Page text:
July 2020 Fairfield Council Meeting

In a public hearing held before the July meeting of the Fairfield Town Council, the council heard from (left to right) Emily Gulick, VP of the Fairfield Community Hall Board; Brad Bauman, Fairfield Loins Club; and Sarah Converse with Sweetgrass Development. The three spoke about the ongoing work at the Fairfield Community Hall and how to fund the final phases of the project.

The Fairfield Town Council held their July meeting on the 15th.

The regular meeting was preceded by a public hearing regarding a Community Development Block Grant CDBG) application. Emily Gulick, Vice President of the Fairfield Community Hall Board; Brad Bauman, with the Fairfield Lions Club and Sarah Converse, representing Sweetgrass Development, spoke for the ongoing Community Hall renovation project.

At the time of the council meeting, Gulick told those present, “phase one will be done by the end of this week.” Gulick added that the first phase included enlarging the kitchen and updating the restrooms to be fully ADA (Americans with Disabilities Act) compliant. One of the side entrances was also upgraded.

For upcoming phases Gulick said plans included new HVAC, including air conditioning. The old swamp coolers have been removed. A new front entryway is also planned.

Brad Bauman reported that 17 foundations have been approached for funding, with requests totaling $500,000. Members of Fairfield’s business community are also being approached and a “campaign for personal donations is underway”, Bauman said. The Fairfield Lions Club is “casting a wide net” to raise the funds. “This community has never backed away from anything,” Bauman told the council.

Sarah Converse, with Sweetgrass Development, will work with the community, guiding the town through the CDBG application process. Converse described the CDBG paperwork as “onerous.”

Phase one had a tab of $300,000. The remainder of the project is expected to run $550,000.

At the conclusion of the CDBG public hearing Mayor Bob Swartz said he would “like to compliment the Lions Club and others working on the Community Hall project.”

Next, a public hearing was held on improvements to the town’s water system. Collette Anderson, engineer with Great West Engineering spoke via telephone with the council. The engineering firm representative said the form has done an evaluation of the current system. She told the council that the current system is pumping, on average, 148,000 gallons per day, but the system was only delivering 115,000 gallons per day, a loss of about 30 per cent. “Ten to fifteen per cent loss is typical,” the Great West engineer told the council.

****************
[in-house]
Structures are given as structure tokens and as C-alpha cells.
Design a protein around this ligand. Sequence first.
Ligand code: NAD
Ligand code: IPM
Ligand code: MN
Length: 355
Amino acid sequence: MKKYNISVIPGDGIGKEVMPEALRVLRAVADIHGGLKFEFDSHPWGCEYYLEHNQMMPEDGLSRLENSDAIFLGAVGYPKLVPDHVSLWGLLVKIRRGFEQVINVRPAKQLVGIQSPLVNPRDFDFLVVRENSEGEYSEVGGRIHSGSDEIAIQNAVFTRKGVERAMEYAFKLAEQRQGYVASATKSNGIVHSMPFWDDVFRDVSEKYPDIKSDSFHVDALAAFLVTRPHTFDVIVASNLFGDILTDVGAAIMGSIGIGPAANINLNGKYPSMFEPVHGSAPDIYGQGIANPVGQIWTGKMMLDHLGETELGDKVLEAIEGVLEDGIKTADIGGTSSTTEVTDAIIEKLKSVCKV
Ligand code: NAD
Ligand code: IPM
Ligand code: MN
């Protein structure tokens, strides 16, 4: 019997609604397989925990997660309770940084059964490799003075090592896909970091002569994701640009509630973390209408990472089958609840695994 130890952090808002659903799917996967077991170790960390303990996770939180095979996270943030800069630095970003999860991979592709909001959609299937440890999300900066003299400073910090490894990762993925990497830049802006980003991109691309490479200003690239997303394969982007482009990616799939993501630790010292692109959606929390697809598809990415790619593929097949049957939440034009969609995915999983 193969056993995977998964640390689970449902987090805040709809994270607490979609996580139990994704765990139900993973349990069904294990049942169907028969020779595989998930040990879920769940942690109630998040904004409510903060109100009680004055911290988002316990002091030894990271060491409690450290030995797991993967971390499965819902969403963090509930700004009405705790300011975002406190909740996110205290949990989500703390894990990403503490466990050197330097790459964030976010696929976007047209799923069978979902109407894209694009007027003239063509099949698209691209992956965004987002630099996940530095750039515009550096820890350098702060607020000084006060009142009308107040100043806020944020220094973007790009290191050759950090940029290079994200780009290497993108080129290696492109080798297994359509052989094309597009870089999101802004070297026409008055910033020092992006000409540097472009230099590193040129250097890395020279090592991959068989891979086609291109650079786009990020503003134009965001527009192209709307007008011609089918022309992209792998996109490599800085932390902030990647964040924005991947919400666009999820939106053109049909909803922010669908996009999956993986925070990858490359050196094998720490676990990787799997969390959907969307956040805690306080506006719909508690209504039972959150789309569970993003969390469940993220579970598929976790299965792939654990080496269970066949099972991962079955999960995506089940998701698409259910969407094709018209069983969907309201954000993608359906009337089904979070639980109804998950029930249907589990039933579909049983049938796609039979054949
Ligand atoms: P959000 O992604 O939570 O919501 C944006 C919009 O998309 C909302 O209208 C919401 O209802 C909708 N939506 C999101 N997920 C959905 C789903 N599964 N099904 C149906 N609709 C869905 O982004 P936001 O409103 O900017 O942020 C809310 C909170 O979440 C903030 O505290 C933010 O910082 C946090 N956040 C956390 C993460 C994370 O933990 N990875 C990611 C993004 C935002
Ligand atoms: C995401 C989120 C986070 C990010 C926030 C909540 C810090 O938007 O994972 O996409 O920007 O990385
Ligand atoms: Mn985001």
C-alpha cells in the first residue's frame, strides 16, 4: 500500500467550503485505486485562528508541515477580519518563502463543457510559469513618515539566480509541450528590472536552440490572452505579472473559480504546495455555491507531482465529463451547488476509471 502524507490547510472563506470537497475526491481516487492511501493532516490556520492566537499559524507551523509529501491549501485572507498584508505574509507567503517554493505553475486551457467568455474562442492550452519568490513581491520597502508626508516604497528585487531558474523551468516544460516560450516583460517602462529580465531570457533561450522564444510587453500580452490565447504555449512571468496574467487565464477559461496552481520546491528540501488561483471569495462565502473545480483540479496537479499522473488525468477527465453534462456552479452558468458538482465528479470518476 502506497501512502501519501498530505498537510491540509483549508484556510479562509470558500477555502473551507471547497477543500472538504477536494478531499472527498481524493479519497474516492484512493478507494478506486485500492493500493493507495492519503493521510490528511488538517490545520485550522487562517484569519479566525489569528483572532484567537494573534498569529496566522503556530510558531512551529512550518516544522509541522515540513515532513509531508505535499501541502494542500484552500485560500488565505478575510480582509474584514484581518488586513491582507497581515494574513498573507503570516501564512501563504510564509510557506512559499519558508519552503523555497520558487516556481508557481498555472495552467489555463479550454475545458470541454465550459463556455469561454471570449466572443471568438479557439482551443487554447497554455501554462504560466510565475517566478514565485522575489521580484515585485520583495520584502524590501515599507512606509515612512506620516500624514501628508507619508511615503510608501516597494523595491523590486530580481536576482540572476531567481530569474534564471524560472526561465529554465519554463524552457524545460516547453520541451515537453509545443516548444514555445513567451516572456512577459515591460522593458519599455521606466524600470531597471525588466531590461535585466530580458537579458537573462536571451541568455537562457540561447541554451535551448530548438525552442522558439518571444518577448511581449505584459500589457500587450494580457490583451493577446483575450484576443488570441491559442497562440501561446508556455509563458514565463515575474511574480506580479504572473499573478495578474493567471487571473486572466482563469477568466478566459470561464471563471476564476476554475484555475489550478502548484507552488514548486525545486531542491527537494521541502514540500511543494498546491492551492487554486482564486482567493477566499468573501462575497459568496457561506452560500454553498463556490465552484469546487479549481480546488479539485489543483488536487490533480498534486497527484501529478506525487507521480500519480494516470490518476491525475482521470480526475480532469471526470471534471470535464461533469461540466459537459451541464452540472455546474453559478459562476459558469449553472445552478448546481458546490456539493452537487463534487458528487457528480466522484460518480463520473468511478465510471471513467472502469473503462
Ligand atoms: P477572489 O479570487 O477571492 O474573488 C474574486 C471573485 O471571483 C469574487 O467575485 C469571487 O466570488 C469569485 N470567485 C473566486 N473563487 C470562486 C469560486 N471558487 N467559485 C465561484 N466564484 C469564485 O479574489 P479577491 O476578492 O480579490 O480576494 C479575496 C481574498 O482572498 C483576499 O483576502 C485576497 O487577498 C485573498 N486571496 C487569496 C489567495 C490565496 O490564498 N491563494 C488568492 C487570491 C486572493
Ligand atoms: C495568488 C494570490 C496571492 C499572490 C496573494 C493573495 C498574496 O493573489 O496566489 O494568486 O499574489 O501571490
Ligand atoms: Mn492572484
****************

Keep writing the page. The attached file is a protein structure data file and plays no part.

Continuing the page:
Next, the regular council meeting started.

First on the meeting agenda was moving the time of the monthly town meeting to 6:30 p.m. The motion passed.

Next was a motion to approve Resolutions #381 for Fiscal Year 2020-2021 Special Assessments for Lights and Garbage. It passed.

A motion was made to approve Resolutions #382 for Fiscal Year 2020-2021 Special Assessments for Street Maintenance. The motion passed.

Next, a motion was made and passed for #383 Budget Amendment for Street Light Fund Unanticipated Expenses.

The next item was a revision to Ordinance 15.24.010, Resolution of Intent #384. The intent of the revision is to put the approval of building permits in the hands of the town’s public works department. Currently, the applications come before the town council, which only meets once a month. After a lengthy back and forth among the council and mayor, the resolution passed.

Next on the agenda was a Resolution of Intent #385 to Revise Ordinance #11.04.070 (C). The resolution seeks update the ordinance to read: “11.04.070 (C) General Business District Intent.  The intent of this zone is to provide for general business activities pertaining to retail and wholesale trade services, but to limit heavy commercial and other uses which may cause conflicting conditions to other use areas. Zoning setback requirements for main street businesses on Central Avenue from US Highway 89 and 7th Street shall be exempt.”

Councilman Tacke made a motion to table the matter. Councilman Chuck Brown voted no. Tacke and Ron Dauwalder voted yes.

The council then approved a three-year contract with the town’s audit firm.

The council then voted to approve a permit for the construction of a new building at 3 Rivers, replacing the “East Building.”

The mayor then delivered his report, telling the council that Alluvion Health would like to conduct COVID-19 testing in Fairfield. Councilman Tacke commented that “the town has nothing to do with it.”

Nick Dale, reporting for the town crew, told the council that the sprinkler system in the park was failing. Nick brought in a section of PVC pipe that had split.

The next meeting of the Fairfield Town Council is set for August 12.